In the town of Bolivar, Thomas' Confederate Division dug in as the first scouts reported Union forces at the rail station.
Porter arrived on the far side of the Ferry, surveying the Confederate entrenchments. It would be a hard battle as his men would have to cross the ferry and attack entrenched Confederate defenders. Knowing that he had little time left, and the longer he took to decide the more likely that either his men would gain more fear or the Rebels could gain more reinforcements.
Quickly forming up his men, Porter ordered and assault against the entrenched Confederates. It was a bloody battle, but to the surprise of Porter, the Confederate's were severely understrength. Though bloody, the battle was swift and soon the Union troops were moving into the town. The Confederates had lost Harper's Ferry!
Outside of Sharpsburg, McClellan couldn't believe what he was seeing. The Confederates were pulling all of their forces into Sharpsburg. All of the Cavalry moved into town, leaving the way open and undefended across the bridges. Though McClellan was disgusted with Sumner's performance at Boonsboro, he hoped that this fortuitous occurrence would lead to Lee's defeat in Sharpsburg.
Moving across the bridges, McClellan formed up his forces southeast of the town. At the same time, Hooker's I Corps marched to the north of Sharpsburg, as they wiped out the last of the Confederate Cavalry defenders in their way.
Lee could see that the forces to his east were strong, but to the north, he saw Hooker's tired men of the 1st. Wanting to take advantage, he instructed his men to ready for an attack to the north. He would attempt to destroy the Union army one piece at a time if McClellan was going to offer them up that way.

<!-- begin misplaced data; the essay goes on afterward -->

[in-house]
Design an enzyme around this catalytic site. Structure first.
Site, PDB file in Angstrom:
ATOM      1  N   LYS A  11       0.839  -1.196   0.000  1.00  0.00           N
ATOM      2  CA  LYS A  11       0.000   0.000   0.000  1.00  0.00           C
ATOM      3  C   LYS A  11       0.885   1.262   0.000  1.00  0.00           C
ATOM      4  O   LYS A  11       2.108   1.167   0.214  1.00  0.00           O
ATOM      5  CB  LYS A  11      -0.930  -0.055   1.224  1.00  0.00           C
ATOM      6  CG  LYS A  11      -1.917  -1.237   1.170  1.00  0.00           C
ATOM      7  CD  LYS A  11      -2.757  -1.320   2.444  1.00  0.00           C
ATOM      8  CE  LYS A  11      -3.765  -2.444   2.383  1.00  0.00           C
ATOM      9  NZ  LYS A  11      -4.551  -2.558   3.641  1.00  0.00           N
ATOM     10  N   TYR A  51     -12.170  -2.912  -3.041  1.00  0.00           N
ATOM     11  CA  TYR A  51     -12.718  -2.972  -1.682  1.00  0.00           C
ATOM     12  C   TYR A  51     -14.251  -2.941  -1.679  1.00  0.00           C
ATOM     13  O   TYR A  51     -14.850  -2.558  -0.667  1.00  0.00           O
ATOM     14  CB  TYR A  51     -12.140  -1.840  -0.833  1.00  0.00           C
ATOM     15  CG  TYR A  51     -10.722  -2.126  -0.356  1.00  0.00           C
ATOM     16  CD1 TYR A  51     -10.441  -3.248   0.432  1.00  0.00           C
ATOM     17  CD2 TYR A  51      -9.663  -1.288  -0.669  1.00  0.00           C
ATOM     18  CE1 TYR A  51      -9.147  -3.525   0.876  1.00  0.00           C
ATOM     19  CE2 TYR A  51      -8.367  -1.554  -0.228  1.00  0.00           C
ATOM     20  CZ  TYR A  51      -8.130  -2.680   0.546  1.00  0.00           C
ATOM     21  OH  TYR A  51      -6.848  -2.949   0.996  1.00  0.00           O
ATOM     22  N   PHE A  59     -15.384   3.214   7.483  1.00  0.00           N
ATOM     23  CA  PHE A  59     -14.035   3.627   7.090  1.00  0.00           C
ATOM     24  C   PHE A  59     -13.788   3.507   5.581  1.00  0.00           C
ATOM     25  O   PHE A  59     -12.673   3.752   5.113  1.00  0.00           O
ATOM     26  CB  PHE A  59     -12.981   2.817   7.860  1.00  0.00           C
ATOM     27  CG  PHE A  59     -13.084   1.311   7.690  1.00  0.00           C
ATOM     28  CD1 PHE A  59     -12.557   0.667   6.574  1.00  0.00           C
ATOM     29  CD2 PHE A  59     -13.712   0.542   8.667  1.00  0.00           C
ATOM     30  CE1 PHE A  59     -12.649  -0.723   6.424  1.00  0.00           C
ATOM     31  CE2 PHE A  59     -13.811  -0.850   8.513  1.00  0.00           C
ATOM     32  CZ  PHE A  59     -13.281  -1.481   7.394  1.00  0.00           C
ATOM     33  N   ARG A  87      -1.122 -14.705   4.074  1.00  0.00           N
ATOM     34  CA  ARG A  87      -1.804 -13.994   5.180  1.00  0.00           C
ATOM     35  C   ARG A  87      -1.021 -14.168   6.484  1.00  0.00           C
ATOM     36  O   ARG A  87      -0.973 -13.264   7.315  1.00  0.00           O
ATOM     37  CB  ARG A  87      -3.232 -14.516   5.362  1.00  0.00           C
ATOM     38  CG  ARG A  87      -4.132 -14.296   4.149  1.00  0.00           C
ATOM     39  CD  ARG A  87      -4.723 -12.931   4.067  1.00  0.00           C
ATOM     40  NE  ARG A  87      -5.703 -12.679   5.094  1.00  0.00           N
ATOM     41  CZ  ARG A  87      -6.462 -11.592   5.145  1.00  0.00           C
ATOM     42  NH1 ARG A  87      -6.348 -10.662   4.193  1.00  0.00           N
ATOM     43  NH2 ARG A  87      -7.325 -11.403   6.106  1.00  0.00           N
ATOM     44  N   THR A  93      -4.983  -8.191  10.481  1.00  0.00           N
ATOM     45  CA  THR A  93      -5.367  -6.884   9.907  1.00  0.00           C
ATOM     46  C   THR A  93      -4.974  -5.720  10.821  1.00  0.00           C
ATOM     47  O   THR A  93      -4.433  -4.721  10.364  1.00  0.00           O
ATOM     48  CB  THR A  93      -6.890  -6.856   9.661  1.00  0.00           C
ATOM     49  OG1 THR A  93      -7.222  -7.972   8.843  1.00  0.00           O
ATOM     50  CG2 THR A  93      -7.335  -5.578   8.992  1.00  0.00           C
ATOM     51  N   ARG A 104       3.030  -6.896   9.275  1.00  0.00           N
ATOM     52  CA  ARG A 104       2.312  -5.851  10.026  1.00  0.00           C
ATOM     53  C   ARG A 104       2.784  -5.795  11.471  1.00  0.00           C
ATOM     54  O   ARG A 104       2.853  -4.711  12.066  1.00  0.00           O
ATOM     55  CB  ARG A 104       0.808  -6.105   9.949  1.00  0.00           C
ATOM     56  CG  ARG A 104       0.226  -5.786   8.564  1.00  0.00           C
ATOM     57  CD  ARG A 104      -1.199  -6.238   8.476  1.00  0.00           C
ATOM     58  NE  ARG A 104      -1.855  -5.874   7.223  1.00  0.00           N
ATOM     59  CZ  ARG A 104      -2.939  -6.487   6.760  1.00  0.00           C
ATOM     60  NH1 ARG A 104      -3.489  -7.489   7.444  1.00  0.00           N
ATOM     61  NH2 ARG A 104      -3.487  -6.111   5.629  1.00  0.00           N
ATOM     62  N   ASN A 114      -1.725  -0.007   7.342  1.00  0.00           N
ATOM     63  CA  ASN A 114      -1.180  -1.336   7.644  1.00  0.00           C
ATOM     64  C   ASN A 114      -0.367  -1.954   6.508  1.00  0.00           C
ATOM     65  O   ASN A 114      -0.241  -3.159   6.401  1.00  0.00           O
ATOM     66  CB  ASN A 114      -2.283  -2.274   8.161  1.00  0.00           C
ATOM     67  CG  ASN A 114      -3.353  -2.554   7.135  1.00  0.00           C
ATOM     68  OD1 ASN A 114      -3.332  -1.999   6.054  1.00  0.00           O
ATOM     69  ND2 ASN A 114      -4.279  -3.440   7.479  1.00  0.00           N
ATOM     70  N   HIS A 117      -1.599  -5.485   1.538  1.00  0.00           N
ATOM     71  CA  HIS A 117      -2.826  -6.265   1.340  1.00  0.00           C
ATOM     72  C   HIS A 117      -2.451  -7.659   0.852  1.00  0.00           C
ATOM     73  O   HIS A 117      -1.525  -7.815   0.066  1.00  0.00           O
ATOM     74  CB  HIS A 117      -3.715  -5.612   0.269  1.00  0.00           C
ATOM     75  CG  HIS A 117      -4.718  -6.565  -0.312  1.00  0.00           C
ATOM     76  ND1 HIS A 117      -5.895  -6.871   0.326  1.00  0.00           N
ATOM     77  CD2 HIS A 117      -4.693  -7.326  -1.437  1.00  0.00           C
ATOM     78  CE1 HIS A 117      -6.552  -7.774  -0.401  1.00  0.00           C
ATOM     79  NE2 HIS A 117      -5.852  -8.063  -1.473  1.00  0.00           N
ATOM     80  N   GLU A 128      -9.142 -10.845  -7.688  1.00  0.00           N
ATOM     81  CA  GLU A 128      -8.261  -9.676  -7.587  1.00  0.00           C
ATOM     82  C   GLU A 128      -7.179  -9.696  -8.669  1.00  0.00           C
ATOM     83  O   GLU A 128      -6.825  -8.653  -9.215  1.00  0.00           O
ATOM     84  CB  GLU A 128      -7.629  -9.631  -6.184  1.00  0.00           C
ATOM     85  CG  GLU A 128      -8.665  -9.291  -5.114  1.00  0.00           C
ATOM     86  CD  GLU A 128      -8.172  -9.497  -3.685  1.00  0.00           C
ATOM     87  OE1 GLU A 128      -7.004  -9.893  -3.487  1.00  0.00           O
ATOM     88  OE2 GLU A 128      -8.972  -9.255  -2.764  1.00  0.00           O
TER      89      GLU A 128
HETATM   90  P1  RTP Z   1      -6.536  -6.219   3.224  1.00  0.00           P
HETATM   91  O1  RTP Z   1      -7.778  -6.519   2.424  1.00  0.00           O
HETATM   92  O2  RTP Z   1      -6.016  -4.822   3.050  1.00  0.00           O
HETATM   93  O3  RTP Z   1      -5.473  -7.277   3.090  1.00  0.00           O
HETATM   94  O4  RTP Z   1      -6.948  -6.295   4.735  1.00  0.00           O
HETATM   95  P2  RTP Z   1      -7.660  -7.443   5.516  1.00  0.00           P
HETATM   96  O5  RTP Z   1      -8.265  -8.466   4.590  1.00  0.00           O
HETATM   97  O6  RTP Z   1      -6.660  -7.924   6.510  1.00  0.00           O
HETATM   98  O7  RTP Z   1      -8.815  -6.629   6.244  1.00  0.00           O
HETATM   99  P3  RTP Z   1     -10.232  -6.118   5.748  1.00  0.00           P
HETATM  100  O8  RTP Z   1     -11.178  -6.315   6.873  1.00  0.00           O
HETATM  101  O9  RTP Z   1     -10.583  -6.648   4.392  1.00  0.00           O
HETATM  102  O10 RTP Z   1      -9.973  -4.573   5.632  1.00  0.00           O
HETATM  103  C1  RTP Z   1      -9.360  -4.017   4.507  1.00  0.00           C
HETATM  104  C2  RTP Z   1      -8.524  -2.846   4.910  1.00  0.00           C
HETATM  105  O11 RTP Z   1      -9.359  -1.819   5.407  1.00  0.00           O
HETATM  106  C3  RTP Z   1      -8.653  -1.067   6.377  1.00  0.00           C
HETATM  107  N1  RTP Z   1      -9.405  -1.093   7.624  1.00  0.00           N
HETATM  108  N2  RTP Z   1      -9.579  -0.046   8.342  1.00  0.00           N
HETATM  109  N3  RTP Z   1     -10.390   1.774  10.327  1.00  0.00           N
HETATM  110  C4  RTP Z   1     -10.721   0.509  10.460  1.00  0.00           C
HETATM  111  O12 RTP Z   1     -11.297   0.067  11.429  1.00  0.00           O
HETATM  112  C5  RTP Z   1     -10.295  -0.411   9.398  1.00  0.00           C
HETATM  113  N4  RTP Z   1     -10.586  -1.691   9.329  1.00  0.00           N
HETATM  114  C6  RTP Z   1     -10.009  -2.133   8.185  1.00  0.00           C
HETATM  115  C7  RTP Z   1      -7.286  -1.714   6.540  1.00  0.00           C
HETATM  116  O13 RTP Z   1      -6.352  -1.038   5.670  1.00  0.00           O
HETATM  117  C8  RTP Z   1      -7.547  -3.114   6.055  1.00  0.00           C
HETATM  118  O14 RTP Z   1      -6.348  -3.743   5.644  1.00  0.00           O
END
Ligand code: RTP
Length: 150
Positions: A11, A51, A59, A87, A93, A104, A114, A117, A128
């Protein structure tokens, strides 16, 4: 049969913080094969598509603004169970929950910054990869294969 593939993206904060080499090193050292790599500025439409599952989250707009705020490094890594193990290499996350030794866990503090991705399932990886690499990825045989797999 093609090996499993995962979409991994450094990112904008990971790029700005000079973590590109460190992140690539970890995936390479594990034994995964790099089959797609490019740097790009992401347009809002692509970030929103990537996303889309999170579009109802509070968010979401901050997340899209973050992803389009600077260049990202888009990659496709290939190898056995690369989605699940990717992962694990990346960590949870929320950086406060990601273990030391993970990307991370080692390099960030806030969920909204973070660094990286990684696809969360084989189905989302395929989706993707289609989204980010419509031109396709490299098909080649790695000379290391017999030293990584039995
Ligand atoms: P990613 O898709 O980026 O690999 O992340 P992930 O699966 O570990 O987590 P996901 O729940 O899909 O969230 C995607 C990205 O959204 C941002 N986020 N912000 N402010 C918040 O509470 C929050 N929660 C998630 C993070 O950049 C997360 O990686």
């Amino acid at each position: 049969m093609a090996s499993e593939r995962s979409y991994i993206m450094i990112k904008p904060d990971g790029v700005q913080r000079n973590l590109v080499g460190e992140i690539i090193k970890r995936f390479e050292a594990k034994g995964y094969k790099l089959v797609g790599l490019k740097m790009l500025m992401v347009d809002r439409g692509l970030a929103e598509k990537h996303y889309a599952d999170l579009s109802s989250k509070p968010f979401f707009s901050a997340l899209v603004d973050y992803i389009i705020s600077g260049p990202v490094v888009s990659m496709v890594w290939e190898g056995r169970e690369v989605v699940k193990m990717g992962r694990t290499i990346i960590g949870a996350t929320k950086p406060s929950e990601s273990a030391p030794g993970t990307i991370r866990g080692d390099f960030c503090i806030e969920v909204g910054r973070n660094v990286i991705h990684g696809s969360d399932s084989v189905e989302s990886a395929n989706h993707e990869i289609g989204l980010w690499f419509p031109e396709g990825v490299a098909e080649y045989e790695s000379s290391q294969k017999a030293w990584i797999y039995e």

But, this time, Lee did not act fact enough! McClellan got his men ready first and started the assault. Lee found his men being attacked on TWO sides! Though the attack was fierce, and losses were high on both sides, the Confederates held on to Sharpsburg! The fighting was so exhausting, though, when the last of the Union forces pulled back to their starting positions outside of town, neither the Union nor the Confederates had the strength to launch a counter-assault. Instead, Lee looked back towards the open road towards Ferry Hill and Shepherdstown. The road back to the South was still open. He still had an escape if he needed it. Perhaps tomorrow.
As the day grew late, word made it to Turner's Gap that Sumner's attempts to take Boonsboro had failed. French volunteered to hold the gap, as Sykes and his Division decided to march across the South Mountain and hopefully reach Boonsboro before night. French warned of Confederate troops from Longstreet's Corps hindering Sykes' movement through the Gap. Sykes knew the risks, but he also knew that he must try.
The lone Division from the V Corps moved through the Gap, encountering Confederates that tried to hamper their movement, and pushed west to the outskirts of Boonsboro.
As the lead elements of the Division marched into view of Boonsboro, the sun was just beginning to set. Sykes, knowing his time was short, decide to perform a hasty attack with what he could get ready.
Toombs, inside the town, looked at the new Union Division moving in and knew his time had run out. Sykes quickly got his men into line and pushed the attack. The Confederates put up a small fight, but knowing they were outnumbered, pulled out of the town to the north.
Sykes had done it! Boonsboro was theirs!
And that is where the Battle of Antietam ended!
Final result was a Marginal Union Victory. If Sykes had not taken Boonsboro, it would have been a Confederate Marginal Victory. If Porter had not managed to take Harper's Ferry, it would have been a Confederate Substantive Victory. As it was, even with Lee still in Sharpsburg, the Union managed to secure a victory.
That was enough to give Lincoln the win he needed to issue the Emancipation Proclamation!
This was a fantastic game!
Eddy del Rio
The die is cast.
You say OCD like it's a bad thing.
Really nice session report, but it's in the wrong category. This is in the review section.
I am BGG's official honey trap
Moved from Reviews to Sessions.
Great write up (pictures nice too) - thanks for sharing!